To Adam – you know that sudden change you feel when you are inside all day, and you walk outside and it’s dark, but you were expecting it to be light, or vice versa? Or cloudy vs. clear.
Previously, because of a feeling in your imagination (which is in your body, Josh always says), you could have sworn it would be light out. It doesn’t really take any thought, let alone “work” or “upkeep”, it’s just kind of a feeling you downloaded.
I feel like that’s what it’s like downloading the info from the script. You don’t need to work at experiencing them — they’re already there.* So much so that if you feel it, and then step outside and see it’s dark not light, you feel a radical shift in your body and imagination.
To me, trying to “hold” a feeling in my imagination/body actually does me a disservice — it keeps me distracted for one, and for another, it blocks me from experiencing that inevitable shift when things change — when I step out there and things are different than I expected.
Hope this was near the mark what you’re talking about. When you’re done in Boston come down for CI! or come down for a weekend, they’re awesome. I’ve been doing it for years and LOVE it.
*If an actor isn’t downloading the script/ the moment, if something is in the way or creating a block, I suggest physical work. Clears it right up so they can keep their focus on the moment.
Susan Stout says
I can understand what Adam is talking about. For me it’s the constant wrestling match between my brain and my body. I do the “work” upstairs on the analysis and the blocking and the intentions and the relationships and the environment. Then I need to trust that my work is there, so I can be fully present physically in the moment to respond to whatever happens between me and my partner (or me and the universe if it’s a monologue.) I seem to suffer from a downloading glitch when I then open my mouth.
My brain’s interpretation doesn’t easily transfer to my body, where the fun begins. So I feel constantly stuck in a hot gooey mess. Moments are happening in front of me but because I have ‘an interpretation’ that I am glued to, I miss the discoveries that are unique each time I do a scene.
What CI is helping me do is to teach my brain and body to be on the same page, that it’s ok each one has a different part of the puzzle and neither of them has to ‘win’. My brain is a terrible back seat driver. I’ve never experienced such joy and freedom when they both play well together- when I can throw myself into the unknown, be ok in that scary panic, and just swim in the magic of being in the scene. I can start with my first idea of what I want to do, and then feel my impulses play with what is given to me. When I watch others do this well, there is magic and energy that I can feel as an audience member. You can see the actors making discoveries right in front of your eyes and it is breath-taking.
It’s a great ride~ Susan
So Adam, as if you haven’t had enough responses to your question, I offer more…..your imagination of the scenery/environment, etc. is not a bad thing….the challenge is to get to a place where you are no longer “imagining” but rather “experiencing,” or “seeing the world” vs. “presenting how you look to the world.” and the scary/brave part is that once you “get into your body,” and TRUST enough to let your mind let go of your idea, then it is effortless. I’ve only experienced this a couple of times and hope to experience it more and more…..AND it may seem like a contradiction, but I love what Josh says, “The more you can increase your tolerance for discomfort, the more invincible you become.” So the effortlessness (is that a word?) comes as a result of letting go of the intellect at a certain point and trust your body (and soul, dare I say) will do the work if you let it tell the truth. And then trust that the souls and bodies listening will create their truth from yours.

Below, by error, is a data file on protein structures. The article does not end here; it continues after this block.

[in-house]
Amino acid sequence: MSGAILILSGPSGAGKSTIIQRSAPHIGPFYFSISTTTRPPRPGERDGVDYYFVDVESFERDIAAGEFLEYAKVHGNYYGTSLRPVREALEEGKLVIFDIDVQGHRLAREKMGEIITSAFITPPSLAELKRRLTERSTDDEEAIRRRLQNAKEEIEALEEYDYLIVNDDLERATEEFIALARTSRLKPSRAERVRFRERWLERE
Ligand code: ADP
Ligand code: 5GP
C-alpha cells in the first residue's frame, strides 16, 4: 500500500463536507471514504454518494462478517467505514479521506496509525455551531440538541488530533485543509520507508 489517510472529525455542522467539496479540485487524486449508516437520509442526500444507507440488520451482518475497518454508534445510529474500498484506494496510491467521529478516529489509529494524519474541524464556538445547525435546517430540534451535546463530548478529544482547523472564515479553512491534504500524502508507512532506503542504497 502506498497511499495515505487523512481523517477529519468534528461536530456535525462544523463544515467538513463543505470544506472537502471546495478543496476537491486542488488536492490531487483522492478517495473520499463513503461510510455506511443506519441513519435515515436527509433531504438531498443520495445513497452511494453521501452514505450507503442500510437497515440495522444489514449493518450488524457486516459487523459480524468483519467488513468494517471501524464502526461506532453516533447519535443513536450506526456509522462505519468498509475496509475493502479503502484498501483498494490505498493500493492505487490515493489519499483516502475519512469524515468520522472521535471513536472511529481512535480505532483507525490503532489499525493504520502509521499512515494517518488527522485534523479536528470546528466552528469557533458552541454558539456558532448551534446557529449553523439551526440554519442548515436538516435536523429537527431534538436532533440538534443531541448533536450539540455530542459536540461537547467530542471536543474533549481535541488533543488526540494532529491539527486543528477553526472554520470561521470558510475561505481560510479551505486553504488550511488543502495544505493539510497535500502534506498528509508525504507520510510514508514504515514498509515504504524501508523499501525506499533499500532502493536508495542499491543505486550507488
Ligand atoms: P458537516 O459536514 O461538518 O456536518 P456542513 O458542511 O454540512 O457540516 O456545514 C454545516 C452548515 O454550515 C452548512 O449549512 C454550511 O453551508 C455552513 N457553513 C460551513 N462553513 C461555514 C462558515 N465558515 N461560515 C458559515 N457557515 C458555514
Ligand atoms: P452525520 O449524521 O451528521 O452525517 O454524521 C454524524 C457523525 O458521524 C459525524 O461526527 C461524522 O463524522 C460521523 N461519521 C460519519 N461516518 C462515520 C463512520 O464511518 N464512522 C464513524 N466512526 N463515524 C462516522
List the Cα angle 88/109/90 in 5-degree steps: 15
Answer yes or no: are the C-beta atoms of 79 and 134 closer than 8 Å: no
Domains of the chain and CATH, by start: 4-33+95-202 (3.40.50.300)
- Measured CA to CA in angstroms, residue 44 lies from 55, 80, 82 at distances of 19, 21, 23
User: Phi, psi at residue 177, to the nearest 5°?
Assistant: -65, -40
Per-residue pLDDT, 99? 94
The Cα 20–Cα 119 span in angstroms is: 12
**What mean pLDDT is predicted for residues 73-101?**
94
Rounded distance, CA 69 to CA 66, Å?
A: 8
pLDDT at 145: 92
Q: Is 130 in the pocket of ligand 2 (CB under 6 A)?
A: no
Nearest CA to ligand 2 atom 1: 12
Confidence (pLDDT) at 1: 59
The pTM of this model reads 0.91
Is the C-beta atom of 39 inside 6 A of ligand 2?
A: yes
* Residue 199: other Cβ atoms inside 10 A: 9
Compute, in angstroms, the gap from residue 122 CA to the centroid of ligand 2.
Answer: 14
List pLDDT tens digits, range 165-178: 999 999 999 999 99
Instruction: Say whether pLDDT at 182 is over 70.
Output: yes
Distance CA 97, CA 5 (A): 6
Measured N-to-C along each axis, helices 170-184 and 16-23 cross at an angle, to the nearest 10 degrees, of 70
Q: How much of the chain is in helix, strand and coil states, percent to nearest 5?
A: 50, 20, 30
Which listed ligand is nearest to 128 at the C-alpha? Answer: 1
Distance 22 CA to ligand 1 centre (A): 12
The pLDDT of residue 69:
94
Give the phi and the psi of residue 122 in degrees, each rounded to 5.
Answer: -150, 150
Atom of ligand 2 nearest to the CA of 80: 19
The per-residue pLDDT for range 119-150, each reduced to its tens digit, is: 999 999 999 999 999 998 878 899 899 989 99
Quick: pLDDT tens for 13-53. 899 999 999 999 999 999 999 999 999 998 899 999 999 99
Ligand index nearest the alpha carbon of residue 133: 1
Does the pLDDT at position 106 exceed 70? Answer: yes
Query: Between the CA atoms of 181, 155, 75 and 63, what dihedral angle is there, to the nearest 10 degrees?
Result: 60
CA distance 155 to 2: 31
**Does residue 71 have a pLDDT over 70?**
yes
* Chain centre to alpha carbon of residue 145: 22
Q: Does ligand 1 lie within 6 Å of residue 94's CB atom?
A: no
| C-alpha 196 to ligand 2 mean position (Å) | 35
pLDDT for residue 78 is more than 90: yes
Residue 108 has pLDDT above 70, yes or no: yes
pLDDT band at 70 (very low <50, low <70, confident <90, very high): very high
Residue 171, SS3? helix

I am right now about to press delete cause I am unsure about whether or not this is accurate, cause I’m quoting the teacher on his blog….yikes. here goes….I’m back!
i loved what you said – so i guess, there is already one who is happy, that you did not delete 🙂
interestingly enough, the things we think we should “delete” also from our acting, singing or whatever art form are often precious ones or doors to something, we would have never expected…
for me preparation is crucial (i m a musician), but in the moment of a rehearsal it is like gliding into the water and swim…
…i just had one…and i feel more real than befor 🙂
@josh: thank you for this wonderful post – it was so timely. i love it. a lot. 🙂
Fantastic post Josh!
Fuck analysis. Wait, I’m back.
Do the work– I truly think that is most important. You have to know where are you are in order to allow yourself to get where you’re going. then take the work you’ve done and throw it away and trust it will be there to inform the scene. If you hold on to your ideas of how the scene should be played out, all impulses will go out the window and you’ll be lost in a sea of knowing. Don’t manipulate your thoughts to what you think is right.
a great man once said “be where you are and jam with it” ( the josh.) and thats the most exciting work i’ve seen done. and since you are fully present with the moment and whats happening, it always ends up working for whatever the scene may be. Not only working…it is the most effective scene work there is.
trust yourself, trust the moment and have fun. So inspired by this work!
ps- YES GET PHYSICAL!
John Wehrman says
@Adam, I can understand your desire to want to hold onto that kind of head work. I still got wrapped up in that desire. Wanting to play the analysis, is simply wanting to play your idea of the scene and not the truth. Mamet said it best, “Don’t mistake the map (i.e. the analysis) for the territory”. For me, the analysis is simply a starting point to spark my imagination and get my guts boiling. It’s a map meant to be thrown out. Having taken Josh’s class as well as others, it all boils down to action and the other person’s behavior. The easiest way to get out of your head is to pour your attention on the other person. Allowing the other person’s behavior to really affect you, is more important than any brilliant analysis you could ever come up with. Hope that helps dude
Athena, Sarah, Josh, Ben, Susan, Patty and John,
Thank you for these helpful responses,
Love the discussion.
And certainly analysis has it’s place. But it may not be on stage or in front of a camera.
Love the Mamet line, John, “Don’t mistake the map (i.e. the analysis) for the territory”.